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Joint Base Andrews News

NEWS | Feb. 28, 2020

Children’s Dental Health Month

By Semaj Capers 11th Dental Squadron

dental graphic
Brought to the public by the ADA, National Children’s Dental Health Month is held every February as a month-long national health observance that brings together thousands of dedicated professionals, health care providers and educators to promote the benefits of good oral health to children, their caregivers, teachers and many others. (courtesy graphic)
dental graphic
11th Dental Squadron
Brought to the public by the ADA, National Children’s Dental Health Month is held every February as a month-long national health observance that brings together thousands of dedicated professionals, health care providers and educators to promote the benefits of good oral health to children, their caregivers, teachers and many others. (courtesy graphic)
Photo By: Delano Scott
VIRIN: 200228-F-WH816-1011

Did you know that good oral hygiene starts before your child has teeth?  

 

Many people think that they have to wait until the child is a certain age or has a specific amount of teeth. This is not the case. It’s imperative that children start good oral hygiene routine as soon as possible. When your baby gets their first tooth, it is important to start brushing. Good oral health habits include brushing for two minutes, flossing, and maintaining a healthy diet.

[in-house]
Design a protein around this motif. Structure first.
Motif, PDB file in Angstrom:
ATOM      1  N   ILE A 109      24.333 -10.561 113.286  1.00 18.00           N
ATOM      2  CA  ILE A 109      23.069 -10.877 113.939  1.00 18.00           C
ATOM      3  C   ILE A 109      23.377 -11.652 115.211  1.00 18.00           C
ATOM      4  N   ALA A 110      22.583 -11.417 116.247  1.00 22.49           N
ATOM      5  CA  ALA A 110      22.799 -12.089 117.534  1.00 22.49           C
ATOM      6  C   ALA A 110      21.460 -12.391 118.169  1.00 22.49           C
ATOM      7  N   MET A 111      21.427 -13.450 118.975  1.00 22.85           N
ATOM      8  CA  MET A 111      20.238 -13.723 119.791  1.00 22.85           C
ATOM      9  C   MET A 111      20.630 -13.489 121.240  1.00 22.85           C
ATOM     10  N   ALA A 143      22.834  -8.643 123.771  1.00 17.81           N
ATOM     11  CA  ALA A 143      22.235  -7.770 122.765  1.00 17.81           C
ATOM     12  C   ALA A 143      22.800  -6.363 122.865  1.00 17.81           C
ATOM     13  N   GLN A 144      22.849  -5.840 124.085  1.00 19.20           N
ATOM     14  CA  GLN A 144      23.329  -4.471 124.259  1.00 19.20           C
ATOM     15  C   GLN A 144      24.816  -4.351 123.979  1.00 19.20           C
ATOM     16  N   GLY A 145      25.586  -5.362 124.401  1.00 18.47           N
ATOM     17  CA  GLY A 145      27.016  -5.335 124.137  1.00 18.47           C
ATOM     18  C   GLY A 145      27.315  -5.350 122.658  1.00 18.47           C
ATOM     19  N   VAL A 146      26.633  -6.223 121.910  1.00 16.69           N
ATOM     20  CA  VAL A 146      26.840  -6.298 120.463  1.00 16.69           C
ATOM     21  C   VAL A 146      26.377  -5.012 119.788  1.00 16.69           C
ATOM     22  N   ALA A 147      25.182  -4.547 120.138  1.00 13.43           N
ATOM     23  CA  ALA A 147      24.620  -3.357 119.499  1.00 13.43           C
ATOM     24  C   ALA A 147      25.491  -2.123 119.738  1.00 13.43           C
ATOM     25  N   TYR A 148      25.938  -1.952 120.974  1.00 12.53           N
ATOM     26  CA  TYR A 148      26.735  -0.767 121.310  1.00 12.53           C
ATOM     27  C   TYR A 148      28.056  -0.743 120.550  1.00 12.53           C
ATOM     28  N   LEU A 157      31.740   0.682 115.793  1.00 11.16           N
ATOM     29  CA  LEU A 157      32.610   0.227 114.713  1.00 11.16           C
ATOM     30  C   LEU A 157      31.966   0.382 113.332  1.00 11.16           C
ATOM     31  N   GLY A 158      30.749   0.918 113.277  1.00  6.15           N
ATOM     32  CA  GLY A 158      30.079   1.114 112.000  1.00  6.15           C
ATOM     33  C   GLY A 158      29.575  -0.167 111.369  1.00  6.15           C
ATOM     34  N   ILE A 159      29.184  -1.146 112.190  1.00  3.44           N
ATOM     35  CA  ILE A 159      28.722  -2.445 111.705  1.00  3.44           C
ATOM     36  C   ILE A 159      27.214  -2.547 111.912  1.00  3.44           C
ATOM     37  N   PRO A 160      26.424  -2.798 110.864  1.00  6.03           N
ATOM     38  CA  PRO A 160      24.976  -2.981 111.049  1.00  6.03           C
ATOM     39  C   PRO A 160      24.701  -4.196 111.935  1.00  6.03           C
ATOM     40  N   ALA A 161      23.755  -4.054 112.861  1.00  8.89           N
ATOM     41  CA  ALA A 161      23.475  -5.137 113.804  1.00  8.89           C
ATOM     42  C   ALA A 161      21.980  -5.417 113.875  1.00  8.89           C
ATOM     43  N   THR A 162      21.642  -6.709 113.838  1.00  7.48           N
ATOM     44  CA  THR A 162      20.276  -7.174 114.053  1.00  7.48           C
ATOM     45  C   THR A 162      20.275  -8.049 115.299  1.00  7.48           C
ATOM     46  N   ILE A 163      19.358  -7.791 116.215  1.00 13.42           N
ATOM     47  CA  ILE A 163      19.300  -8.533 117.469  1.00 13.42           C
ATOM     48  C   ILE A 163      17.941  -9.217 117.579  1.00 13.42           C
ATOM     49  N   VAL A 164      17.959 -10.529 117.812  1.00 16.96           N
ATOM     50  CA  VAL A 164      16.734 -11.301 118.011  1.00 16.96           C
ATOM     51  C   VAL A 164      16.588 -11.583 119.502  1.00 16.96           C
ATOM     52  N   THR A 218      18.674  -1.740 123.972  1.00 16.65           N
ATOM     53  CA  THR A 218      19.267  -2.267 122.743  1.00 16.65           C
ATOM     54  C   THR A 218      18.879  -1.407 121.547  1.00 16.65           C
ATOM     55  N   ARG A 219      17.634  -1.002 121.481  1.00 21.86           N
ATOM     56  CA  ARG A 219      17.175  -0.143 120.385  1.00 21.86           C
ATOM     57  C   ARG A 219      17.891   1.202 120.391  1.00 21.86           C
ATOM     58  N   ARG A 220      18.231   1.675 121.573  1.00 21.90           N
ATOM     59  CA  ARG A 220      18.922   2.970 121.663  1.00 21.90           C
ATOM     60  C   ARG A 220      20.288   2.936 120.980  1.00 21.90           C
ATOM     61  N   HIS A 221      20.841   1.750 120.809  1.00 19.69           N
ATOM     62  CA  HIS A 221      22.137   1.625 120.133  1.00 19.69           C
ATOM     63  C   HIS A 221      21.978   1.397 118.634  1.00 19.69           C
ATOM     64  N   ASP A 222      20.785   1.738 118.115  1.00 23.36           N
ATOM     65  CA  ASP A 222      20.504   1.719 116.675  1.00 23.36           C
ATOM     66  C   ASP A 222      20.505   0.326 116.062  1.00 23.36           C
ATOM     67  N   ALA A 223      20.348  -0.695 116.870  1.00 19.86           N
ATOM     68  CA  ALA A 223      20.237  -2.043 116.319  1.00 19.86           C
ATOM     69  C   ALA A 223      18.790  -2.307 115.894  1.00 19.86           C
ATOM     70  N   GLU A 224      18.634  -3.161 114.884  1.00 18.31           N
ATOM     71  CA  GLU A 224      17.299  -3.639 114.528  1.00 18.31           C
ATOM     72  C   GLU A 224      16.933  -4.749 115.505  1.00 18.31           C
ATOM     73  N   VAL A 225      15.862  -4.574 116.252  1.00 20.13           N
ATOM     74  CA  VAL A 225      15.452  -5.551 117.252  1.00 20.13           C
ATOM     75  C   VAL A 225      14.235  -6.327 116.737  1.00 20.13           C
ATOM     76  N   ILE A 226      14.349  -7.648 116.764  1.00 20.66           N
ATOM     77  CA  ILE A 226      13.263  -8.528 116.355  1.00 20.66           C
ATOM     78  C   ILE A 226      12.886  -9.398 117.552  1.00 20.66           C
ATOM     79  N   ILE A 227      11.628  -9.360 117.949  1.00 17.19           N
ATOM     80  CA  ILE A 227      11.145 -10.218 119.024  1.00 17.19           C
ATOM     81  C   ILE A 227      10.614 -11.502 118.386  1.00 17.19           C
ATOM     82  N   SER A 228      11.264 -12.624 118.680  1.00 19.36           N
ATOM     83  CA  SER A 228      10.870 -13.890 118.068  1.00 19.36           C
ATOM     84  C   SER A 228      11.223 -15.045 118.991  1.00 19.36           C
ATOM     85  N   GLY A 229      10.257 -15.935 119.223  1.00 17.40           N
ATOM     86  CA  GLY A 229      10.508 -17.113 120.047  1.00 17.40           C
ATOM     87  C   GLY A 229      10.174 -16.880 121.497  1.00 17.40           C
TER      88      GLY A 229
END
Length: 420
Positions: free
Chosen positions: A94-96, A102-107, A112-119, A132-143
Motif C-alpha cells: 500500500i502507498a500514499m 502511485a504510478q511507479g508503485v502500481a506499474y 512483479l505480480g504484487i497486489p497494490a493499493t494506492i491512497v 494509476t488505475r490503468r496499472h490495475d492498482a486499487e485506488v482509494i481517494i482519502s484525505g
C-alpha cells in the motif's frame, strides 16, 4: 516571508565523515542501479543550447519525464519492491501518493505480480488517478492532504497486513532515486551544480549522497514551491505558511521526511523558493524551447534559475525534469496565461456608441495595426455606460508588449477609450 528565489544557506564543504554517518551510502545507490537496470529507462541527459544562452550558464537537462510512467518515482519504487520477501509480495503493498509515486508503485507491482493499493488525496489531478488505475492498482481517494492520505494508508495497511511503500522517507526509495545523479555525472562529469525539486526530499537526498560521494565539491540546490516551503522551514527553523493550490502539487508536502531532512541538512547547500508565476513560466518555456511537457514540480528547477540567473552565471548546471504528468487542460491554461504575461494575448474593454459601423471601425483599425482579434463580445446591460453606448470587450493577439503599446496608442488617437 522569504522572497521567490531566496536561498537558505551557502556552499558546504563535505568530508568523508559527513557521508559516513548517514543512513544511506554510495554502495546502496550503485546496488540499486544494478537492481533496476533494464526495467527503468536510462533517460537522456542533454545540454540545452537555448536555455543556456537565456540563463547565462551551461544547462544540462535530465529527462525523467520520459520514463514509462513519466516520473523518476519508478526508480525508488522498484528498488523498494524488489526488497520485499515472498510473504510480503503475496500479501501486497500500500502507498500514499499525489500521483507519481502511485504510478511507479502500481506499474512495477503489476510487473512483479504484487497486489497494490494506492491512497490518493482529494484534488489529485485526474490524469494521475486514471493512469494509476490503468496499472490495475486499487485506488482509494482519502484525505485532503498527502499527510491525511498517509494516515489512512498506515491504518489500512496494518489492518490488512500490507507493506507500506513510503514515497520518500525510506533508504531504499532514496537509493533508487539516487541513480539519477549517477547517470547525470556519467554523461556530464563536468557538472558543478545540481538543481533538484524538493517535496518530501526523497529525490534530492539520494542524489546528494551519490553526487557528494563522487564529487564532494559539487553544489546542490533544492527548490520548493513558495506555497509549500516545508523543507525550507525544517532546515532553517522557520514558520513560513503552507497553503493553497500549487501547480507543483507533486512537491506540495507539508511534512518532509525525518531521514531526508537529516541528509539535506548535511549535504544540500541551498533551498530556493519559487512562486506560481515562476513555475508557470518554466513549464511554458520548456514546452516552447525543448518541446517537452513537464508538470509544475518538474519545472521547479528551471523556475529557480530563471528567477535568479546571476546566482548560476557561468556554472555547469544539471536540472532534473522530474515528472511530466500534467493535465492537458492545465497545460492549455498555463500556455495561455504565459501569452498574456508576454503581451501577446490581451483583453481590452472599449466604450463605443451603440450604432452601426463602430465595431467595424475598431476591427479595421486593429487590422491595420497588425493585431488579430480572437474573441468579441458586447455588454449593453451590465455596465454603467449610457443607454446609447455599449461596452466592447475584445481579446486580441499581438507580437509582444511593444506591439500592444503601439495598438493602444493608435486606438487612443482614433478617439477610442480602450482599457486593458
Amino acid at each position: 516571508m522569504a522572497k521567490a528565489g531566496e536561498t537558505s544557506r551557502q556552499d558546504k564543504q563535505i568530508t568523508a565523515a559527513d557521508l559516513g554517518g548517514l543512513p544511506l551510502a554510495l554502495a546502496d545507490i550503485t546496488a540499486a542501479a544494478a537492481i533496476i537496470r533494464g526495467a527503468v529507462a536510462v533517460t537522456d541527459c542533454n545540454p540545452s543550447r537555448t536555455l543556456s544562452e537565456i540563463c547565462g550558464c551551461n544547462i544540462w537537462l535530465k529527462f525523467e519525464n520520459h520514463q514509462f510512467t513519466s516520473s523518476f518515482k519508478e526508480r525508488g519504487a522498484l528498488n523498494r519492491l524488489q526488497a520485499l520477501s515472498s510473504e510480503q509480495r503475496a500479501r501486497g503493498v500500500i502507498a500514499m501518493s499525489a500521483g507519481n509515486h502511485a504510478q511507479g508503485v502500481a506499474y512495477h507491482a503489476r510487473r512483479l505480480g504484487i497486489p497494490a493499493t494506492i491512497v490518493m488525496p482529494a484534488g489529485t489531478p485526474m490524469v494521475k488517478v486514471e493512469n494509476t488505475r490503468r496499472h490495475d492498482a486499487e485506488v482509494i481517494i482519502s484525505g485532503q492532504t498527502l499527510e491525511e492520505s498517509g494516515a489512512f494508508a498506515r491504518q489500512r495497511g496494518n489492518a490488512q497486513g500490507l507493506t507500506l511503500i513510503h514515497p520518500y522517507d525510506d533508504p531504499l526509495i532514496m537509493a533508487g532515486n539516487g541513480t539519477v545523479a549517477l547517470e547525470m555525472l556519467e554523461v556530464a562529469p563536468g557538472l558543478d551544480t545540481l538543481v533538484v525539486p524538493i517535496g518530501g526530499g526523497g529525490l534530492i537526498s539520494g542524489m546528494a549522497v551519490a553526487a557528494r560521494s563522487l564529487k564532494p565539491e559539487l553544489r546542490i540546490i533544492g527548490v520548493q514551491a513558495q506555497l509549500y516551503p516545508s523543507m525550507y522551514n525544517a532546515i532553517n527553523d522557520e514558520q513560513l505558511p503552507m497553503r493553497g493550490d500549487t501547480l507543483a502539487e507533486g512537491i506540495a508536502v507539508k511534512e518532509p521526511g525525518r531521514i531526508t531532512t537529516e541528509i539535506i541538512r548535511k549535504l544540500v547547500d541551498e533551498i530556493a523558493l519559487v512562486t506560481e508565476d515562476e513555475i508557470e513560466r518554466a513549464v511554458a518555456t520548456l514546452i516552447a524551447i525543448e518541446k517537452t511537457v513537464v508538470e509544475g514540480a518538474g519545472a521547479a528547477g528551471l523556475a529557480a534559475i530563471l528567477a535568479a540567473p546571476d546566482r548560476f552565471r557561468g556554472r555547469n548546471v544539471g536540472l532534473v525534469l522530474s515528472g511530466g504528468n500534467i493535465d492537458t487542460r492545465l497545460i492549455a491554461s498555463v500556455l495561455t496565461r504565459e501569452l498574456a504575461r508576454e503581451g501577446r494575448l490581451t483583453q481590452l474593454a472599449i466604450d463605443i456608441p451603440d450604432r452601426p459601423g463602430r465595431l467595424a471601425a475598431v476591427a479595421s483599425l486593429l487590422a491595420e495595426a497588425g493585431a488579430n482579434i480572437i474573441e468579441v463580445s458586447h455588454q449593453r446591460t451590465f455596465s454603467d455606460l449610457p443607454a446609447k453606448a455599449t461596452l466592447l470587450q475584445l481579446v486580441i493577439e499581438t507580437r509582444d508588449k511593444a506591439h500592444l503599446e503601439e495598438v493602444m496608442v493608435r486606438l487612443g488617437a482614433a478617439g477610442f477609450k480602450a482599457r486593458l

When teaching your child, be sure the child is using a soft-bristle children’s tooth brush as well as age appropriate paste. It is recommended to use training toothpaste (toothpaste without fluoride) until your child is 3 or can spit effectivity on their own. This will minimize the likelihood of fluorosis.

 

Make sure they are brushing all surfaces of teeth with the proper amounts of toothpaste: a rice size for children under age 3 and pea-size for those over the age of 3. It is also recommended to supervise children brushing their teeth until they are approximately 8 years old.

 

When it comes to a maintaining a healthy diet, it is also important to reduce the amount of snacks and sugary drinks. Constant snacking has been linked to chronic cavities. After snacking, it is recommended to have the child drink water which will help reduce the amount of residual food debris. It is also recommended juice be limited and when given to mix with water. Also be mindful to not give any drinks with the exception of water before bed. If the baby is breastfed, it is recommended to wipe their mouth with a wet baby cloth (before and after teeth are present) to help reduce the likelihood of childhood cavities.

 

Parents, it’s your job to set the example and to help to establish a good routine and attitude when it comes to oral health and dental visits. When you show enthusiasm, your kids will show enthusiasm too.  Doing so will also reduce or even eliminate future decay/cavities and future dental visits.